Saturday 26 February 2022

A Complete Timeline of Early D&D Scenarios V: 1978 July-Dec

In this (attempt at a) Complete Timeline of early D&D scenarios, we have now reached the second half of 1978, and with the continued explosion of popularity we have 30 entries for this later half of the year alone.

We've seen how the style has gradually developed over these few years, with Judges Guild, The Dungeoneer, and then British Fanzines taking it in turns to increase the sophistication and push up the standard - but there is about to be a major seismic shift in adventure design with the publication of a series of six modules by a company making a rather late entry into the competition.

If you've been following this series, you might be interested to know I've updated the earlier entries to include a few more scenarios I've uncovered so if you look back through the pictures you might spot one or two new and interesting items, in particular several Minneapolis entries in 1971-1975.

Name: Steading of the Hill Giant Chief
Date: 1978.7
Author: Gary Gygax
Publisher: TSR (G1)
Type:  Tournament (Origins IV)
Notes on Date: See tournament date link earlier. These are reviewed in WD #9, and advertised The Dragon #19 - EDIT but are "new" in JGJ S July '78 so it does look like these were available at Origins and they are the tourney modules to be available at the TSR booth advertised in The Dragon #14 & #15.
Notes: It is difficult to overstate how much G1 and its five brethren changed D&D. Up until this point there was an expectation of a megadungeon central to every campaign - published adventures were usually either a small stand-alone add-on (often a tomb), for a tournament (generally linear, also often a tomb), or an alternative dungeon of several levels. Although G1 was written for a tournament, it is not linear, and the main influence from it being a tournament is that Gygax has written up the rooms in a careful detailed fashion so that all DMs can offer the same experience. In a similar fashion to previous tournament dungeons each round is linked to the last, but in this case across two tournaments Gygax creates six linked modules, with a connected plot (however slight). A lot of scenarios at this time had humorous elements, which clearly irked Gygax (see below for his views on The Cliffs of Mentadorra 1978.8) and these modules all strongly eschew that frivolous/gonzo aspect - in G1 instead you'll find a dangerous Temple to a dark God hidden behind a rockfall. The whole place is described with details that encourage interesting play "Under the furs on the bed is a sleeping giantess who will awaken on a 1 in 4 if a loud noise occurs in the room", "There is no treasure, but by wearing the young giants garb, with suitable padding, the party could pass as the youngsters if not seen closer than 20'". The underground level has an ongoing standoff between the escaped orc slaves and the bugbears - how many parties did like my players and set them fighting each other?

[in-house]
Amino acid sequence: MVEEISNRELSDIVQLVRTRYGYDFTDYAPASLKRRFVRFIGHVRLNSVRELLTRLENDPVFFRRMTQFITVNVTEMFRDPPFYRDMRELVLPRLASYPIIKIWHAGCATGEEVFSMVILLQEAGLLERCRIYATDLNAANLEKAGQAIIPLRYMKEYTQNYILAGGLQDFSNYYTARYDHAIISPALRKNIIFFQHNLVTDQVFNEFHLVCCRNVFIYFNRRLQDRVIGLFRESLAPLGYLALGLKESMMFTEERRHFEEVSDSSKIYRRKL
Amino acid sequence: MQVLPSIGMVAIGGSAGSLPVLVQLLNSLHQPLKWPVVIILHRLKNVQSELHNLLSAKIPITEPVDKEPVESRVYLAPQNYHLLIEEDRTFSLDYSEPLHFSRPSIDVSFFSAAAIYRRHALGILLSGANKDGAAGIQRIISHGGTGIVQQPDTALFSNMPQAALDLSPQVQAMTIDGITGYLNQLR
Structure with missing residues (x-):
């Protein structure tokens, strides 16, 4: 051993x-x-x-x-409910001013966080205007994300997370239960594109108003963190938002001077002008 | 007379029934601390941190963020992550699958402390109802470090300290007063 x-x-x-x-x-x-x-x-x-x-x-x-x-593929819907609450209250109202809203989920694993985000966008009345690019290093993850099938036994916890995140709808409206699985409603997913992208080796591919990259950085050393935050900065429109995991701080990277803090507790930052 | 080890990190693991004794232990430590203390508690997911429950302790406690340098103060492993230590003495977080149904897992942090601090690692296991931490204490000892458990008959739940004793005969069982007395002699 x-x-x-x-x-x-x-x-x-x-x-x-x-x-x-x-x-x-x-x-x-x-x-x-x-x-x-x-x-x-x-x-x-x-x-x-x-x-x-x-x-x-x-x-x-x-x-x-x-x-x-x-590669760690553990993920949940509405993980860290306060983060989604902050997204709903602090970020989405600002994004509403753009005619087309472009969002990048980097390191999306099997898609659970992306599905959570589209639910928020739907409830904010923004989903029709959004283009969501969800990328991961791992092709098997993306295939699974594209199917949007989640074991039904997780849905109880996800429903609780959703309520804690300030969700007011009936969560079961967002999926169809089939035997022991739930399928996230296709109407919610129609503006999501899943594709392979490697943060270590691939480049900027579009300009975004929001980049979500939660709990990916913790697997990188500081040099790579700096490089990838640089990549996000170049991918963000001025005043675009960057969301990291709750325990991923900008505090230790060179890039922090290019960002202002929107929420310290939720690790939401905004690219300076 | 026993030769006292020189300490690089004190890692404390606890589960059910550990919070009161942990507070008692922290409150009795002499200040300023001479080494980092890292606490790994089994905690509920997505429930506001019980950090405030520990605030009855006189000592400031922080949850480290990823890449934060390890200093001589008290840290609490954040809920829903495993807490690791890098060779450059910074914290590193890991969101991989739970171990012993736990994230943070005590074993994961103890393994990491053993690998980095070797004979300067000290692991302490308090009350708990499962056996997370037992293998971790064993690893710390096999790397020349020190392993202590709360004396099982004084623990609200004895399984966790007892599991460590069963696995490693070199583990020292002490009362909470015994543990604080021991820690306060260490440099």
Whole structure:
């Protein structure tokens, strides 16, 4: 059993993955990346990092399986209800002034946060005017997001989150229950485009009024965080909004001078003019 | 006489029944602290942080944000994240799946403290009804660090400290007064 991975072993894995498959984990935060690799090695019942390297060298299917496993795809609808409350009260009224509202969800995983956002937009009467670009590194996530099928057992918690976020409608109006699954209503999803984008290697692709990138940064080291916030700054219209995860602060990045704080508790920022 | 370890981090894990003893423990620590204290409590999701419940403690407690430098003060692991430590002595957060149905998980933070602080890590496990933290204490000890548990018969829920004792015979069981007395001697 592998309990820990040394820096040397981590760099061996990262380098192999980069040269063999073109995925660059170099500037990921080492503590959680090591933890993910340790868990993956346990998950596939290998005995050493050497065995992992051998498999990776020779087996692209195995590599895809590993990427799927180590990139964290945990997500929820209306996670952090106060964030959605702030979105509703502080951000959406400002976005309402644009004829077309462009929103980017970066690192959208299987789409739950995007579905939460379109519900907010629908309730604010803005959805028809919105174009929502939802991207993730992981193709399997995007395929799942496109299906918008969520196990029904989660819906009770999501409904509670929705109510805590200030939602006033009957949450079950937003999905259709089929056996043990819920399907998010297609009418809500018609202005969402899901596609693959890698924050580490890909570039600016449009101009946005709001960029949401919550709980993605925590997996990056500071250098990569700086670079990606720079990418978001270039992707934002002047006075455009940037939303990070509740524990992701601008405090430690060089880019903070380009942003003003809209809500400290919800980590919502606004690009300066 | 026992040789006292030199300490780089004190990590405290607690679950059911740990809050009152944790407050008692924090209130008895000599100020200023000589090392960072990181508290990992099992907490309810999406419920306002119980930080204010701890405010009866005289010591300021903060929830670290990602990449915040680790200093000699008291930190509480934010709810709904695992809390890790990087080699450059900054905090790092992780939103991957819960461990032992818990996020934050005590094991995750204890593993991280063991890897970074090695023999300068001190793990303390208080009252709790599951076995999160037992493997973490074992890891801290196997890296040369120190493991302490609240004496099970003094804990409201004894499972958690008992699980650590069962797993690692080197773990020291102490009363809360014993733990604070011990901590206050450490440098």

From another angle, the production values of G1 far outstrip any standalone adventure that's gone before. Ironically the iconic blue maps were much criticised in reviews of the time for being unreadable, but it's not just nostalgia for those detachable cardboard covers - when you saw it in the store and knew there would be a map just on the other made them mysterious and enticing.

Saturday 19 February 2022

All The Adventures?

This is a good point in the Complete Timeline to take a sideways look at what lies beyond one of the boundaries of my search.

At the time D&D was first published, mostly due to trouble finding local players to game with, Play-By-Mail (PBM) was very popular in the wargame community. This was particularly true with Diplomacy, which was popular as PBM long before D&D and remained so for a long time afterwards. It isn't surprising therefore that PBM for D&D was suggested almost as soon as it was published, and you can see play by mail campaigns being played/advertised in fanzines and magazines. Whereas Diplomacy is suited to PBM with hardly any adaptation required - you simply do one turn per month - for D&D a dungeon crawl where every decision was by mail would take an extraordinarily long time.